Let's start with why we go to Water Cay... the great shots at shallow water/tailing fish and the superb guides who teach us so much year after year...

We were spinning doughnuts on a massive flat that spanned a slender sickle shaped cay. Surrounding us were thousands of bonefish chews. Some were old, many were very new. We could tell some were very fresh by their color, a light charcoal, and were made on this morning's falling tide as the debris was deposited on the ocean side. If made on last night's rising tide they would have pointed inland towards the cay. Many of these feedmarks were still smoldering. These fresh "smokes" both clouded the water and made locating the perpetrators harder. As we searched, we spun in circles. ...a smoking chew there... a cloudy puff over there. But where were the fish?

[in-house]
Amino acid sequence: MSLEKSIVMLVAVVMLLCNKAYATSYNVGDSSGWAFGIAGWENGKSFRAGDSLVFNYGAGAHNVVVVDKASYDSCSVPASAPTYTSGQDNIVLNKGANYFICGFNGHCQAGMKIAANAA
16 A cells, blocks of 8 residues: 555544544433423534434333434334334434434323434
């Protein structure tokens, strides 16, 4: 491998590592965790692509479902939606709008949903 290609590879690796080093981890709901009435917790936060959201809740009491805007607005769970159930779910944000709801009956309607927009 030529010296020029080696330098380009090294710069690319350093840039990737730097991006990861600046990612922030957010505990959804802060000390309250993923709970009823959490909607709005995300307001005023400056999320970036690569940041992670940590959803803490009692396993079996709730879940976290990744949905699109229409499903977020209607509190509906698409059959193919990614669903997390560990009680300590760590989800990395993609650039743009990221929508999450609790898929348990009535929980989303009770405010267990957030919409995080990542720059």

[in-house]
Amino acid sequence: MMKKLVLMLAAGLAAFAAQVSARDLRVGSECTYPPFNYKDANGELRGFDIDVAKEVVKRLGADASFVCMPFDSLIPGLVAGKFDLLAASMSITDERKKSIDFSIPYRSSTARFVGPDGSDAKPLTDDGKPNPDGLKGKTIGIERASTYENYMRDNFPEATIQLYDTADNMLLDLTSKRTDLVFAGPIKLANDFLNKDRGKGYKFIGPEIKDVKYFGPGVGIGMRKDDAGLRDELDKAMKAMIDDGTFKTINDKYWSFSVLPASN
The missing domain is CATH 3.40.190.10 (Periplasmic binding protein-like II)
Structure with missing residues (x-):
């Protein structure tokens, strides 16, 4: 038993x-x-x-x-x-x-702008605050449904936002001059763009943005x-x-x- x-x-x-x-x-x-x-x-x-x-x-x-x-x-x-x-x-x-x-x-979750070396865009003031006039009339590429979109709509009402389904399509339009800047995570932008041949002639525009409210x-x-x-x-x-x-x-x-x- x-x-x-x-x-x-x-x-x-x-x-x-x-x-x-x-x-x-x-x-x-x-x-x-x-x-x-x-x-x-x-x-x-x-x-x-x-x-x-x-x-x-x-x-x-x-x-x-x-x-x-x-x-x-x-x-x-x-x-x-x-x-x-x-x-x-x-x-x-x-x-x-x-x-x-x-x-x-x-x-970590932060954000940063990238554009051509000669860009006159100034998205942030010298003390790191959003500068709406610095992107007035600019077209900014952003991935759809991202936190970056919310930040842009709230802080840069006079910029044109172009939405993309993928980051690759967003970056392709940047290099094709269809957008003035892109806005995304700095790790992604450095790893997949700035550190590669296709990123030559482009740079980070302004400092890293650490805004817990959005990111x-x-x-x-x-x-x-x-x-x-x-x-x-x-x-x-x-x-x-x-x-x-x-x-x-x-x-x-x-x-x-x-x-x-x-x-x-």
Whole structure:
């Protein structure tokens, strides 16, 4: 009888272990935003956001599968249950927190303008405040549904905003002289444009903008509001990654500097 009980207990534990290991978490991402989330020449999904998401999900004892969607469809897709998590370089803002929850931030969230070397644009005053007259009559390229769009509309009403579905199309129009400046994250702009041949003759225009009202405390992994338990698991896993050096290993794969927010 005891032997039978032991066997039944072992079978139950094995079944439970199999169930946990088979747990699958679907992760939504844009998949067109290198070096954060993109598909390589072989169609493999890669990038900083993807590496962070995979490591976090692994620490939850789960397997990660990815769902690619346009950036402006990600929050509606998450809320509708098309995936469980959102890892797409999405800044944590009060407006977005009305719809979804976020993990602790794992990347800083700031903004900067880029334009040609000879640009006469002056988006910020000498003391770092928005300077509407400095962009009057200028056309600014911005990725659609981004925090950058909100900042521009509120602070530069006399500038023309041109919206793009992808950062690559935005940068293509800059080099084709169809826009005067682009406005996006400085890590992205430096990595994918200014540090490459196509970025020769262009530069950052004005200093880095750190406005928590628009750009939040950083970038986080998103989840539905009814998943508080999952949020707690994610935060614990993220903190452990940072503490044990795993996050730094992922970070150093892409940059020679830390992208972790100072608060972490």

“11 o'clock, tail 100 feet coming out of that small bay. "Left side”, Sid whispered.
”See it.” Dan said.
"Put your fly on the outside and we’ll wait for him to come out...” then Sid added, “He’ll have to come out soon.”

He did just that.

“Wait! Let him roll up on your fly.” Sid added soon.
“Short strip... Stop”. Sid instructed.

The fish charged the fly.

“Long slow strip.”

Dan followed orders, then slowly lifted his rod as the big tailer bolted for deeper water. Dan reeled hard making up some of the backing that had peeled off his reel.

“Rod right and tighten your drag... there’s a shark after him.” Sid said obviously frustrated. It was the only shark we had seen all morning.